The limits of the duty
Section 5 (2) The common duty of care does not impose on an occupier any obligation to a visitor in respect of risks willingly accepted as his by the visitor (the question whether a risk was so accepted to be decided on the same principles as in other cases in which one person owes a duty of care to another).
The judge sensibly found as follows:
‘Mr East for the Defendant produced an approved Judgment from the County Court at Manchester, except to remind myself of a passage of an earlier 2009 Judgment in Poppleton where at paragraph 13 LJ May commented, and this case involved an Mr Poopleton [verbatim quote of Judgment] now reading that you would think that the answer to the first of those issues should there have been an induction or supervision, suggests to the answer to that supervision should be no. But what are the facts in this particular case, I find that the essential facts are as follows, she is 42 years of age, she has used gyms for 15 years, in her own evidence she was aware that gyms were risky places, she was aware of the two stops buttons, although one it is fair to say she could not use in the circumstances, the other she chose not to use, the machine was programmable for the undertaking she wanted to undertake, but she chose to jump on a highly speeding belt, I say that is more than risky it is indeed dangerous.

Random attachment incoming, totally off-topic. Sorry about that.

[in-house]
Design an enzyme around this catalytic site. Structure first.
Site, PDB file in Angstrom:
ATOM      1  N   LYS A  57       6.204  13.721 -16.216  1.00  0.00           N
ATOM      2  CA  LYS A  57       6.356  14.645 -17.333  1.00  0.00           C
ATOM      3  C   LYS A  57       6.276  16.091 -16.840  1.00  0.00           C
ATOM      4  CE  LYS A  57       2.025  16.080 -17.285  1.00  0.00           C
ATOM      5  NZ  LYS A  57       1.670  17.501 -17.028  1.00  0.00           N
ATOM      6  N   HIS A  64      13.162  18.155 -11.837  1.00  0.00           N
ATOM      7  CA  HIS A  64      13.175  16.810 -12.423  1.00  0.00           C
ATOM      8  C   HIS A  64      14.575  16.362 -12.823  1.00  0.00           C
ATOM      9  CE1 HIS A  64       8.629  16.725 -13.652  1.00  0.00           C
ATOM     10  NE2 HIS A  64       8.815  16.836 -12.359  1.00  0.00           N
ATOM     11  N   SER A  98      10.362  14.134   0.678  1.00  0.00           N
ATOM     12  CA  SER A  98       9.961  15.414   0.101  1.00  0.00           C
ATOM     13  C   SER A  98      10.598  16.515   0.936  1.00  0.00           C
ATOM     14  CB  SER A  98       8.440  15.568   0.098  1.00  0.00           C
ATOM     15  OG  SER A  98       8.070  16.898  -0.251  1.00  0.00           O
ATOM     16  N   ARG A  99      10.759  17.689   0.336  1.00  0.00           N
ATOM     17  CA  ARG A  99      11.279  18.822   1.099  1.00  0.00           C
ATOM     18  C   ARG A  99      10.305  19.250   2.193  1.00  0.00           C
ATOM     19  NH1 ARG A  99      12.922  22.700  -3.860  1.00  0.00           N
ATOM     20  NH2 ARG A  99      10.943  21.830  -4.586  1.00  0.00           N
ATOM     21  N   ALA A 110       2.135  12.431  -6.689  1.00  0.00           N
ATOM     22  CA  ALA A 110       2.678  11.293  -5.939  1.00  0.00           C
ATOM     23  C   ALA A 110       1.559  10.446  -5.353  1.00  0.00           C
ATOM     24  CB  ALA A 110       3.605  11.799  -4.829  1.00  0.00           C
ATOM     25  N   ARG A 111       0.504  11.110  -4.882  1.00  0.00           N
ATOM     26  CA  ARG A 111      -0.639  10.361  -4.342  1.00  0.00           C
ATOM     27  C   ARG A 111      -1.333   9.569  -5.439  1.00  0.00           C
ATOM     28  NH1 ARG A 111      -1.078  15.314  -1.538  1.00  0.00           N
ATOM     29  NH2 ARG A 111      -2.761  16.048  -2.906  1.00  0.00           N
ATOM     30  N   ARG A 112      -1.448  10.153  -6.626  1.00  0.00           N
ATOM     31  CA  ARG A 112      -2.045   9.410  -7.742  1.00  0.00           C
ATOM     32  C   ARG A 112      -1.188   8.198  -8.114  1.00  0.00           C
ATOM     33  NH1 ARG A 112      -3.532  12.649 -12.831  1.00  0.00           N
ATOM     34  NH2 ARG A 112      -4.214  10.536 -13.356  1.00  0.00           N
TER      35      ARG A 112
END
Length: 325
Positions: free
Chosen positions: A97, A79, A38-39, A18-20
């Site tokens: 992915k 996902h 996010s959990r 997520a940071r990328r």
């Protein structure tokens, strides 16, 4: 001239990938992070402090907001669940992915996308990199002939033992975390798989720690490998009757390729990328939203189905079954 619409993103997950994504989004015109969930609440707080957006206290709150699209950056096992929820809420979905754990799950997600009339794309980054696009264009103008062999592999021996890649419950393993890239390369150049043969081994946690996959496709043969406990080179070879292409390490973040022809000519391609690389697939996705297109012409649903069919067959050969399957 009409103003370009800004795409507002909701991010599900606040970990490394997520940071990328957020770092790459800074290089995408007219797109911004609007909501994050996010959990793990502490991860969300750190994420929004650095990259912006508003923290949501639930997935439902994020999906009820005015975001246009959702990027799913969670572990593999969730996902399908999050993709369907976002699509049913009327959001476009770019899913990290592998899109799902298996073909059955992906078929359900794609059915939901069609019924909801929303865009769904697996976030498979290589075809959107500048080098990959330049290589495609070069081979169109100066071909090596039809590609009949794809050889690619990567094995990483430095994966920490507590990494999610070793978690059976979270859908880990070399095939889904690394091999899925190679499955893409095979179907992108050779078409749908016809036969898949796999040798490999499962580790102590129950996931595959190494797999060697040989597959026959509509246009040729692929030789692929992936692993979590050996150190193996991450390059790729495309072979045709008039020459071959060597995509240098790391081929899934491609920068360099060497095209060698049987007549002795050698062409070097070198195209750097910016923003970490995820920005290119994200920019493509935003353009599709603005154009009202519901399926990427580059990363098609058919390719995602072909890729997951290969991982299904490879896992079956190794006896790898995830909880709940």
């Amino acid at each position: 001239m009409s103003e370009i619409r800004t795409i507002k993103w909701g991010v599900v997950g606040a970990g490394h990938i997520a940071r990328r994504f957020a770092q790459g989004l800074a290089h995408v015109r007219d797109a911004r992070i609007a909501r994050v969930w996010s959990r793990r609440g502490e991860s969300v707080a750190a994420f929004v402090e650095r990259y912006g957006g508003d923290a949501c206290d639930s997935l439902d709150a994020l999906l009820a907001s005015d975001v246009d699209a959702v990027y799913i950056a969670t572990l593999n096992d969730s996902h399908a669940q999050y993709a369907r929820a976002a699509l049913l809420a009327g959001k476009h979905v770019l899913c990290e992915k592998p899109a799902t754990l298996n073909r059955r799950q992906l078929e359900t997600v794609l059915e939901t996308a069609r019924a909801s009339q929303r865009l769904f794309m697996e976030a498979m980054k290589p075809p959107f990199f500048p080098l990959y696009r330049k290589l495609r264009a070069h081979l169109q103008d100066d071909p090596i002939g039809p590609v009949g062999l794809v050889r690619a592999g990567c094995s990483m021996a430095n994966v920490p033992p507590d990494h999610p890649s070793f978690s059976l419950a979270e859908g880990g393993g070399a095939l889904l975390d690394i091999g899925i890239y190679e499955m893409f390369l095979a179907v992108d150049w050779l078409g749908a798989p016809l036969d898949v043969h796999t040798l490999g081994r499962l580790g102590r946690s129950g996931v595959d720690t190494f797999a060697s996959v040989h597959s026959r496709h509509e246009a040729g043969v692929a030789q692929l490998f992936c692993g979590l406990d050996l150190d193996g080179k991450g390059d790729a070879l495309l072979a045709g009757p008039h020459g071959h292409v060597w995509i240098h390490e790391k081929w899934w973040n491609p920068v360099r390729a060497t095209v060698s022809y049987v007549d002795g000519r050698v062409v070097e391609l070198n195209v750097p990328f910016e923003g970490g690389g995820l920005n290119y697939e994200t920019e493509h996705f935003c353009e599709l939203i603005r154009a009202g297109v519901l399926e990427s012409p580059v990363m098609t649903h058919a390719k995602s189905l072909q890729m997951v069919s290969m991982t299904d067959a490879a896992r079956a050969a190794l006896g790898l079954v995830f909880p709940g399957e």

I find it impossible to condemn the defendant in answer to issue 1, and answer that question positively, and in other words to find that the Defendant be required to undertake to provide induction. Rather the Claimant’s choice had an inherent risk she was a mature woman and she made a choice to undertake the activity. I therefore dismiss the claim.’
Given the claimant was jumping on and off the treadmill, which is a new trend, there were inherent and obvious risks in the activity voluntarily undertaken. As such the law did not require the appellants to prevent the claimant from undertaking it, nor to train or supervise the claimant whilst she did.
This decision suggests that, in future, adults who choose to engage in physical activities which obviously give rise to a degree of unavoidable risk may find that they have no means of recompense.